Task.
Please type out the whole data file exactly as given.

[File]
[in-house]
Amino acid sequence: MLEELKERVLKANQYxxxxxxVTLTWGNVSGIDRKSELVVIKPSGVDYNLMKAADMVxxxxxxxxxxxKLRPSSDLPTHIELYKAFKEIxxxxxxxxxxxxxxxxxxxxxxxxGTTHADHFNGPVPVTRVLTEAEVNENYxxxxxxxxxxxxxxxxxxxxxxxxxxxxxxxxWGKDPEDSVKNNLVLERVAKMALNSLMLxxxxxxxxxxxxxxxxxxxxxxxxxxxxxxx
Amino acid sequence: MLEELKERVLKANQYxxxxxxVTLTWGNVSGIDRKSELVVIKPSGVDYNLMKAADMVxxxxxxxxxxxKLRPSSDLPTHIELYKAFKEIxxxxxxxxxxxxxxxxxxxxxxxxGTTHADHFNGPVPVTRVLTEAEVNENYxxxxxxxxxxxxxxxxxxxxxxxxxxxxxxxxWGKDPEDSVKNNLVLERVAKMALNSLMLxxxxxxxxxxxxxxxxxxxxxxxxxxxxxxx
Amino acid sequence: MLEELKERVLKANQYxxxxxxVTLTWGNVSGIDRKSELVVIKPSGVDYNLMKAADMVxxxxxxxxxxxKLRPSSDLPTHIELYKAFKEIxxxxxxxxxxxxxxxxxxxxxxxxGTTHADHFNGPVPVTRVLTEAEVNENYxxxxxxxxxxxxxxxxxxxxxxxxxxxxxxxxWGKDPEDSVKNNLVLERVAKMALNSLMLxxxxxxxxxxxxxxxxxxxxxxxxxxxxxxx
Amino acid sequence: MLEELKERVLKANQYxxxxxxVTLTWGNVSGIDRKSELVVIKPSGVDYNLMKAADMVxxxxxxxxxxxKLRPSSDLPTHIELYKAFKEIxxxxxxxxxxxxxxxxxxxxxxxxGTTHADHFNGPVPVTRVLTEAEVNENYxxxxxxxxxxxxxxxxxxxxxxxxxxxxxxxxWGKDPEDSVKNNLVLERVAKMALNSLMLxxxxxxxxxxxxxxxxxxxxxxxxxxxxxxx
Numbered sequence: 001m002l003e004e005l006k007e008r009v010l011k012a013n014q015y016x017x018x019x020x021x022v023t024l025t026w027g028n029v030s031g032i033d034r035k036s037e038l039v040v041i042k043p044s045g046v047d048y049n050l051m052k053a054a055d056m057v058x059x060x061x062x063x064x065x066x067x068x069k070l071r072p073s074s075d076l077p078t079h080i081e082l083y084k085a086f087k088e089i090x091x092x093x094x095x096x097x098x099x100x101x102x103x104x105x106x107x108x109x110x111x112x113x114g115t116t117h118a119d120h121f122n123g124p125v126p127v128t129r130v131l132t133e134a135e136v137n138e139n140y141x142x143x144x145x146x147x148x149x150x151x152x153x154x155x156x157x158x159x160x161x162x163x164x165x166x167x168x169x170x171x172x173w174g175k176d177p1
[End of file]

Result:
[in-house]
Amino acid sequence: MLEELKERVLKANQYxxxxxxVTLTWGNVSGIDRKSELVVIKPSGVDYNLMKAADMVxxxxxxxxxxxKLRPSSDLPTHIELYKAFKEIxxxxxxxxxxxxxxxxxxxxxxxxGTTHADHFNGPVPVTRVLTEAEVNENYxxxxxxxxxxxxxxxxxxxxxxxxxxxxxxxxWGKDPEDSVKNNLVLERVAKMALNSLMLxxxxxxxxxxxxxxxxxxxxxxxxxxxxxxx
Amino acid sequence: MLEELKERVLKANQYxxxxxxVTLTWGNVSGIDRKSELVVIKPSGVDYNLMKAADMVxxxxxxxxxxxKLRPSSDLPTHIELYKAFKEIxxxxxxxxxxxxxxxxxxxxxxxxGTTHADHFNGPVPVTRVLTEAEVNENYxxxxxxxxxxxxxxxxxxxxxxxxxxxxxxxxWGKDPEDSVKNNLVLERVAKMALNSLMLxxxxxxxxxxxxxxxxxxxxxxxxxxxxxxx
Amino acid sequence: MLEELKERVLKANQYxxxxxxVTLTWGNVSGIDRKSELVVIKPSGVDYNLMKAADMVxxxxxxxxxxxKLRPSSDLPTHIELYKAFKEIxxxxxxxxxxxxxxxxxxxxxxxxGTTHADHFNGPVPVTRVLTEAEVNENYxxxxxxxxxxxxxxxxxxxxxxxxxxxxxxxxWGKDPEDSVKNNLVLERVAKMALNSLMLxxxxxxxxxxxxxxxxxxxxxxxxxxxxxxx
Amino acid sequence: MLEELKERVLKANQYxxxxxxVTLTWGNVSGIDRKSELVVIKPSGVDYNLMKAADMVxxxxxxxxxxxKLRPSSDLPTHIELYKAFKEIxxxxxxxxxxxxxxxxxxxxxxxxGTTHADHFNGPVPVTRVLTEAEVNENYxxxxxxxxxxxxxxxxxxxxxxxxxxxxxxxxWGKDPEDSVKNNLVLERVAKMALNSLMLxxxxxxxxxxxxxxxxxxxxxxxxxxxxxxx
Numbered sequence: 001m002l003e004e005l006k007e008r009v010l011k012a013n014q015y016x017x018x019x020x021x022v023t024l025t026w027g028n029v030s031g032i033d034r035k036s037e038l039v040v041i042k043p044s045g046v047d048y049n050l051m052k053a054a055d056m057v058x059x060x061x062x063x064x065x066x067x068x069k070l071r072p073s074s075d076l077p078t079h080i081e082l083y084k085a086f087k088e089i090x091x092x093x094x095x096x097x098x099x100x101x102x103x104x105x106x107x108x109x110x111x112x113x114g115t116t117h118a119d120h121f122n123g124p125v126p127v128t129r130v131l132t133e134a135e136v137n138e139n140y141x142x143x144x145x146x147x148x149x150x151x152x153x154x155x156x157x158x159x160x161x162x163x164x165x166x167x168x169x170x171x172x173w174g175k176d177p1